1. Former Member
      Hi Valery, seems to you thought out this post quite well – however the topics like XI, ABAP, Web Dynpro (two words just like that by the way the CI police got me the other day) all have tons of content – “scripting” here on SDN has just published the 70th(+) blog and it’s rather hard to justify the resources, work, etc (you know all the blah blah) let alone site goverance and all that jazz to start getting all detailed. I’d love to go and make a Ruby forum right now – but unless more of those folks who prefer to blog and create content on their own blogs come over here my hands are tied.

      It’s the chicken and the egg, if it was a better system. To get a better system more people have to use it.

      As for visibility in places like Technorati – well our 70+ blogs are competing with 1000s daily – this blog for example has already had 27 linking blogs (just checked it in Technorati –, I might be able to work something with the topics without too much trouble but not much more until I get more activity around the topics.

  3. Former Member

    Now a bit of “on-topic” – why I’m neither Python nor Perl guy.

    Personally, I’ve never used stand-alone Python for anything practical, only its Jython version for JVM. However, it was enough to get overall impression (as I guess) about Python language and its evolution. I’m not good at writing (especially writing in English ๐Ÿ˜‰ but you may read my almost complete opinion at excellent Steve Yegge rant “A little anti-anti-hype” ( Btw, if you like his style of writing here is the blog:

    Python is like a secret science. Is it fun or not is just half of problem. It’s hard to know how and to what direction this language evolves. There are number of scientists sitting somewhere and mediating over Python feature. If you miss some feature, you may fill in PEP and wait year or more to see it in a new version. If you are lucky enough, you may google and in several months find on some mailing list an implicit notion that something that looks like your requested feature was declined. These scientific mascots never tell you what they are planning. However, when you have enough of Python, it’s just a problem slayer. Really, it’s very expressive, and I liked it very-very much, but…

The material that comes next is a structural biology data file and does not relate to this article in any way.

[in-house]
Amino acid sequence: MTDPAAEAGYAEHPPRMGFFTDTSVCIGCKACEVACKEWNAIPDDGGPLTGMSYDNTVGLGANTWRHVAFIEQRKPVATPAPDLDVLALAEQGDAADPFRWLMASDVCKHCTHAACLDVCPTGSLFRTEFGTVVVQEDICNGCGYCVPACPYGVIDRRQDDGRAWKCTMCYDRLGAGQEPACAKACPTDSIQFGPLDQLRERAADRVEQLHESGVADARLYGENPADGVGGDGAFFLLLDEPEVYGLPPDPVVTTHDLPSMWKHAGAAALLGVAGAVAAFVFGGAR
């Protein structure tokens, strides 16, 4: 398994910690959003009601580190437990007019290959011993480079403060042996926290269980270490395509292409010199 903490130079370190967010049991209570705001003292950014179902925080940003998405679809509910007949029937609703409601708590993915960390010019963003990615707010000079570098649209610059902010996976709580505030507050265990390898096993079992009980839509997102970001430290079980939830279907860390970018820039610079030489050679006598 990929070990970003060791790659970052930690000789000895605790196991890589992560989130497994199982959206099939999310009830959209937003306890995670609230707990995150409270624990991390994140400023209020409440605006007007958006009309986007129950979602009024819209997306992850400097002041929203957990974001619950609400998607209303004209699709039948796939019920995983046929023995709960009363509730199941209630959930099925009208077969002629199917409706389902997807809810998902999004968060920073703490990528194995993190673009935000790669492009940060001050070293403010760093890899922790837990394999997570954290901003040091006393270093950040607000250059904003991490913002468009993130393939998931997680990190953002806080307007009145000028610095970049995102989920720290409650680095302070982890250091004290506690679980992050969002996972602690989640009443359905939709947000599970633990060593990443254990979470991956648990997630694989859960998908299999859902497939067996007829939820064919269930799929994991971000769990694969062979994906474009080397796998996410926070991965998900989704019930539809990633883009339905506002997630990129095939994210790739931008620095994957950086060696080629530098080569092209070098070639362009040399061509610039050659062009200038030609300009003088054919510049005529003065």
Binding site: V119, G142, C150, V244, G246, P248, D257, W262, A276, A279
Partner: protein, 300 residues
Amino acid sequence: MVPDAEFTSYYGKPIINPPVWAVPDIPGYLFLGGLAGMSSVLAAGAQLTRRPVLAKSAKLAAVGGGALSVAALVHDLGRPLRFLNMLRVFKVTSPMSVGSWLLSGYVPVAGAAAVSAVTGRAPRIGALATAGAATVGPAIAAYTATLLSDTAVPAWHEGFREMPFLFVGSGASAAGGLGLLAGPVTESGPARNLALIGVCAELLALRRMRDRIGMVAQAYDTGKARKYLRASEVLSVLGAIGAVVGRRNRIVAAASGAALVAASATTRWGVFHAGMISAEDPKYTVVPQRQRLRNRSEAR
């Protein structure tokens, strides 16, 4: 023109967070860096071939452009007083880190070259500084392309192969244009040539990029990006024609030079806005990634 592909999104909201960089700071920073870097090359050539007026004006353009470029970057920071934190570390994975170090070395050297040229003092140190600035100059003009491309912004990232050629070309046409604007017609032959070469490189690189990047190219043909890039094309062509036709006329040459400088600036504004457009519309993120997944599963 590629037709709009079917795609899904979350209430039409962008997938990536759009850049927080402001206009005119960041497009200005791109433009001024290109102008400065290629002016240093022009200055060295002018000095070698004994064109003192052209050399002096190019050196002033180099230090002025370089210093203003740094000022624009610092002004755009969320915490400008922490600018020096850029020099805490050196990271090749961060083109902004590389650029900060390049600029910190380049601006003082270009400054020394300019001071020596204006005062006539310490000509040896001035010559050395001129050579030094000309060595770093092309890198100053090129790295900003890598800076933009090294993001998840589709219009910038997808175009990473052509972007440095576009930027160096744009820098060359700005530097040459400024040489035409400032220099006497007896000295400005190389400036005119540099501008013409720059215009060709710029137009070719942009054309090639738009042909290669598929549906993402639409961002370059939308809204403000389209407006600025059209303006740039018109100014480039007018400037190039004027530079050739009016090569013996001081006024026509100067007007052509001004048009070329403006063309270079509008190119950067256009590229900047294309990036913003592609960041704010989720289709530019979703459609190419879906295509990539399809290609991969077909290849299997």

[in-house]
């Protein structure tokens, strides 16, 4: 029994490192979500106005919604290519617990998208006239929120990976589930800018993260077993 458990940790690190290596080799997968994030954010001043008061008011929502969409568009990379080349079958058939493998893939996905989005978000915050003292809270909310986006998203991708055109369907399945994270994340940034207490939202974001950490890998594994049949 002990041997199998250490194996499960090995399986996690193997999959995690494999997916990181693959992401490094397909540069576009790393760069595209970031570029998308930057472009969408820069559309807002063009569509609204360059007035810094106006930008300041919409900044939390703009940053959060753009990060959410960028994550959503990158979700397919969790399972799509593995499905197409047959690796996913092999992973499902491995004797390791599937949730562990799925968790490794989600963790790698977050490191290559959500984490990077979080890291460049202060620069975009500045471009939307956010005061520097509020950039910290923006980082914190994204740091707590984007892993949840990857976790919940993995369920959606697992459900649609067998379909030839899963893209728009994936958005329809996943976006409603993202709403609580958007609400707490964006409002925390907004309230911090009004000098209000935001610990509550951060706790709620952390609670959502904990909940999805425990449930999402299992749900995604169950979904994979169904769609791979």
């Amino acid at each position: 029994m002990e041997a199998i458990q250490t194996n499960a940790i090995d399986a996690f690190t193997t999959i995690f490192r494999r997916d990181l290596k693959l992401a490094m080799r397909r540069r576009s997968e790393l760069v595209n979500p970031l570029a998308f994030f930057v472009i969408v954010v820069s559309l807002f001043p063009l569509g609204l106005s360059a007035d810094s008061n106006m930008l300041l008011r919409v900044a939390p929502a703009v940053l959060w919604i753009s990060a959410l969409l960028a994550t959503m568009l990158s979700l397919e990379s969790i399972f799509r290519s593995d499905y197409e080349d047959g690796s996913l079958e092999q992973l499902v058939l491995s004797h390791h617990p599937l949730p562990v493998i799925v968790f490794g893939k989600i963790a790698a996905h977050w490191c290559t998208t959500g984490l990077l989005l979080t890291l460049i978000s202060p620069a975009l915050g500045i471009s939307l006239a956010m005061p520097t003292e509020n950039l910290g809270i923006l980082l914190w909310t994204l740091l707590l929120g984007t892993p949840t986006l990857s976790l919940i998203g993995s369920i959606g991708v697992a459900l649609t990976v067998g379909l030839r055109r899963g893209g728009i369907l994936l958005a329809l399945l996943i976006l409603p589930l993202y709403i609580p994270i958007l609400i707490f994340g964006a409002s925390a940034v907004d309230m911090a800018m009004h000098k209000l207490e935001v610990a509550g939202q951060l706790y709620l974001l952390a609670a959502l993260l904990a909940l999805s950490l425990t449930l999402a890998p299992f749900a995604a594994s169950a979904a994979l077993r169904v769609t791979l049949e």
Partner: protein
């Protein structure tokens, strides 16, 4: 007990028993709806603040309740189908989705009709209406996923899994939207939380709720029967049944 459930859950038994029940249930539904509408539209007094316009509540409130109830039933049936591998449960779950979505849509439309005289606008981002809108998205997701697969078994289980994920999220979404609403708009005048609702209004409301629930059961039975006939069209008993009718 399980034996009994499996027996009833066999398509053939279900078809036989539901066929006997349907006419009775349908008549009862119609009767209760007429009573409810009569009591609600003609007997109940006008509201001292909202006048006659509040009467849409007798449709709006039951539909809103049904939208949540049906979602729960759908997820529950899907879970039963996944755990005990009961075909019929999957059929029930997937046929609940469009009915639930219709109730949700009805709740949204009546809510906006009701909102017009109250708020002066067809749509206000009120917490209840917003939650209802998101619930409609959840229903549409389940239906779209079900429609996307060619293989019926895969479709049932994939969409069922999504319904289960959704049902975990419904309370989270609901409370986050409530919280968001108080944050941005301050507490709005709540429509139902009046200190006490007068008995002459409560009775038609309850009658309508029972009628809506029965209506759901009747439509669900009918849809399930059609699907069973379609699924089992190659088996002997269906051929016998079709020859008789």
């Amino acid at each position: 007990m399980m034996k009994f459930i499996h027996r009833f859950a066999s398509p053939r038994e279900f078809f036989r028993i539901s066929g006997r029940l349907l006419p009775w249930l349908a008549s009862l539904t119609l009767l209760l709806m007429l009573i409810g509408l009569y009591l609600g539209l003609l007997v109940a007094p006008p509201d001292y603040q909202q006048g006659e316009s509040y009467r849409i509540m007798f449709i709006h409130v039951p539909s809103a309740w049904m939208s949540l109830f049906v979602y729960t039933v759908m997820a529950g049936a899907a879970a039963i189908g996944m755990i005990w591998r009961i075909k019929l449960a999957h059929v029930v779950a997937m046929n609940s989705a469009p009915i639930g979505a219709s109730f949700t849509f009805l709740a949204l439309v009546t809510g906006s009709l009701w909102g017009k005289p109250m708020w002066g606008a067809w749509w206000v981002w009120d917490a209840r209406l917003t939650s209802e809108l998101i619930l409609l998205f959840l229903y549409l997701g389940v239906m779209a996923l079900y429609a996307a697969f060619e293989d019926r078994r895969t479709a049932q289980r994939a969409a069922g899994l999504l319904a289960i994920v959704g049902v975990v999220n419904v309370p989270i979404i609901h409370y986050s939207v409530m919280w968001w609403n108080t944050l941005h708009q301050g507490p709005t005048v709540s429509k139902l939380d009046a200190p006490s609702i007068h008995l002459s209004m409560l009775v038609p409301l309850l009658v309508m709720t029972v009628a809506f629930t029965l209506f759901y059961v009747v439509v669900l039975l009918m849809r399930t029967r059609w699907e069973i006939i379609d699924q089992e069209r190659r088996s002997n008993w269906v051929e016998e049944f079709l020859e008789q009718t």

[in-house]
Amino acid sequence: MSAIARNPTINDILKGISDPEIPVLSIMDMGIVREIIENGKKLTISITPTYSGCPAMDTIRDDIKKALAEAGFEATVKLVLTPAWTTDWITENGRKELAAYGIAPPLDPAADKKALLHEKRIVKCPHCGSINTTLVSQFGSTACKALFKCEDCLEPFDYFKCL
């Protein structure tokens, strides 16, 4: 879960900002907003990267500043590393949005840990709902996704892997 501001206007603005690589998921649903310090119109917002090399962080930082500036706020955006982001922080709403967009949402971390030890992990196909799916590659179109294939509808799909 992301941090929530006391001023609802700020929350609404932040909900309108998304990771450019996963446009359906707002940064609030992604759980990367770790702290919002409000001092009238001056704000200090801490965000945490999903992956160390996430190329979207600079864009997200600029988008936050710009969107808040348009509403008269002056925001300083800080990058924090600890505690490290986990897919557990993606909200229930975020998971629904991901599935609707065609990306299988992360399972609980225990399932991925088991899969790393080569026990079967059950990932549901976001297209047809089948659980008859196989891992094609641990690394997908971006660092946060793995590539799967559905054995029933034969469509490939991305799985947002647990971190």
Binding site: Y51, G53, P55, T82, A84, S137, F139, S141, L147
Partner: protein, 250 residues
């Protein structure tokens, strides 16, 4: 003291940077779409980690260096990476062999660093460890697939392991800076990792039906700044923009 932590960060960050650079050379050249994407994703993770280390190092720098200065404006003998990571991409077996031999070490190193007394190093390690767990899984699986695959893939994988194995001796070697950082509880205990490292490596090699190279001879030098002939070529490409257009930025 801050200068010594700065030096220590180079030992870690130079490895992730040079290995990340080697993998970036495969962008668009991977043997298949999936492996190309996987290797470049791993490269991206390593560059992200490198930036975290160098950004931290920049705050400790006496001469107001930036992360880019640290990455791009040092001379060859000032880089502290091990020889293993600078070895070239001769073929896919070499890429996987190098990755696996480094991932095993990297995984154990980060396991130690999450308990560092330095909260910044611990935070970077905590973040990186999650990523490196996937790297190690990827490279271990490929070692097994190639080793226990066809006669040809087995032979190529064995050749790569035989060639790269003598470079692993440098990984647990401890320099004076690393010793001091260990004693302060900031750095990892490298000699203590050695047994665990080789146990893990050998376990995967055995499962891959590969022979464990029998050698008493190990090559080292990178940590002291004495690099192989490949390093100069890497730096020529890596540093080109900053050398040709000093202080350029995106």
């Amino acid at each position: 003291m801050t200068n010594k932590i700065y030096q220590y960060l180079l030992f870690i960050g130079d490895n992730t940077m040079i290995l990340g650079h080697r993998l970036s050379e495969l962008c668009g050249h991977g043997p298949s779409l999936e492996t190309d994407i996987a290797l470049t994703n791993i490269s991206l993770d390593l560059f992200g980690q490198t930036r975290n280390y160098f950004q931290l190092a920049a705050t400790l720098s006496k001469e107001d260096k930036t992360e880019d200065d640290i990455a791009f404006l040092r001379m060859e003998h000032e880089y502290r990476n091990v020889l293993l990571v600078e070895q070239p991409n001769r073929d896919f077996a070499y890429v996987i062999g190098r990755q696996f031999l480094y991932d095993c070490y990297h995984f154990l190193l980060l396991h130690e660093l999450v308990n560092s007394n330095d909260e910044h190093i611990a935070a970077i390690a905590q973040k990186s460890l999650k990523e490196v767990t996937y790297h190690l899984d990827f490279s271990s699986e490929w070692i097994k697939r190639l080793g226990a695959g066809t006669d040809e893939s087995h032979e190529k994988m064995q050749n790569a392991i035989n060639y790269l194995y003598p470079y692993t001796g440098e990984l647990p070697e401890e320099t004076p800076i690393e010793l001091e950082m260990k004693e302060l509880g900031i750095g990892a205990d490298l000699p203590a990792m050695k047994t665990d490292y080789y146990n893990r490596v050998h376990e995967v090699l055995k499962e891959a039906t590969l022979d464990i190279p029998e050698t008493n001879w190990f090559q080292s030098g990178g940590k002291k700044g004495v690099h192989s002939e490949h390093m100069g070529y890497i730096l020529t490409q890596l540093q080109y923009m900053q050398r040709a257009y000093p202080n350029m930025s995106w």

As I said, I used Python for JVM (Jython) mainly. Now you may visit SourceForge and take a look where this project is. Certainly, there is some activity in CVS, but who knows what be rolled out? Are there any plans published? Now compare Jython project with JRuby. Later has clear goals for every release, project is dynamic, schedule for new releases is predictable. Clear, that after movement of main Jython developer to IronPython project (and to .NET from Java), Jython is half-dead. What manager ever takes the risk to let me use half-dead project?